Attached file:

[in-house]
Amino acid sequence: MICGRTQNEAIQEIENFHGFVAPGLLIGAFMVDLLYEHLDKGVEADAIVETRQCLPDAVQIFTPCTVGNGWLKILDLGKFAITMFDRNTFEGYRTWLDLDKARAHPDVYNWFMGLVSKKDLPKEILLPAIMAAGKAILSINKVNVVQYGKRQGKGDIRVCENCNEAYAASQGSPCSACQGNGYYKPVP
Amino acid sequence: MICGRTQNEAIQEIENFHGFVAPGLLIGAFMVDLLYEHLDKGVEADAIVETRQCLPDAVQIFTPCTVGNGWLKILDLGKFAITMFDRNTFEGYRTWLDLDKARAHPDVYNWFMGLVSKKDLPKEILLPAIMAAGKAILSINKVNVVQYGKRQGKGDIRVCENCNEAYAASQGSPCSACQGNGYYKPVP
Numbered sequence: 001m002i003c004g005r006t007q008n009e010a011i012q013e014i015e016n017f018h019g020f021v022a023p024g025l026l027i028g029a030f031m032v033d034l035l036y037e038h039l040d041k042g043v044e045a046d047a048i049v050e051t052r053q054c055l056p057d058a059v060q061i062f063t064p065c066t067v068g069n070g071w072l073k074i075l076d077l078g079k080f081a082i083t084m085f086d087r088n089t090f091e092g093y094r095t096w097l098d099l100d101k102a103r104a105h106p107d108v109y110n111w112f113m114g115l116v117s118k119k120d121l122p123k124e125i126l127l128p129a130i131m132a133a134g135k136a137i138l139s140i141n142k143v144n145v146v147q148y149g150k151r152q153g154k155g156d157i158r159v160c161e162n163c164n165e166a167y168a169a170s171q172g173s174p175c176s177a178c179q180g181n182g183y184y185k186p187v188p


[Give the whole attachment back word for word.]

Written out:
[in-house]
Amino acid sequence: MICGRTQNEAIQEIENFHGFVAPGLLIGAFMVDLLYEHLDKGVEADAIVETRQCLPDAVQIFTPCTVGNGWLKILDLGKFAITMFDRNTFEGYRTWLDLDKARAHPDVYNWFMGLVSKKDLPKEILLPAIMAAGKAILSINKVNVVQYGKRQGKGDIRVCENCNEAYAASQGSPCSACQGNGYYKPVP
Amino acid sequence: MICGRTQNEAIQEIENFHGFVAPGLLIGAFMVDLLYEHLDKGVEADAIVETRQCLPDAVQIFTPCTVGNGWLKILDLGKFAITMFDRNTFEGYRTWLDLDKARAHPDVYNWFMGLVSKKDLPKEILLPAIMAAGKAILSINKVNVVQYGKRQGKGDIRVCENCNEAYAASQGSPCSACQGNGYYKPVP
Numbered sequence: 001m002i003c004g005r006t007q008n009e010a011i012q013e014i015e016n017f018h019g020f021v022a023p024g025l026l027i028g029a030f031m032v033d034l035l036y037e038h039l040d041k042g043v044e045a046d047a048i049v050e051t052r053q054c055l056p057d058a059v060q061i062f063t064p065c066t067v068g069n070g071w072l073k074i075l076d077l078g079k080f081a082i083t084m085f086d087r088n089t090f091e092g093y094r095t096w097l098d099l100d101k102a103r104a105h106p107d108v109y110n111w112f113m114g115l116v117s118k119k120d121l122p123k124e125i126l127l128p129a130i131m132a133a134g135k136a137i138l139s140i141n142k143v144n145v146v147q148y149g150k151r152q153g154k155g156d157i158r159v160c161e162n163c164n165e166a167y168a169a170s171q172g173s174p175c176s177a178c179q180g181n182g183y184y185k186p187v188p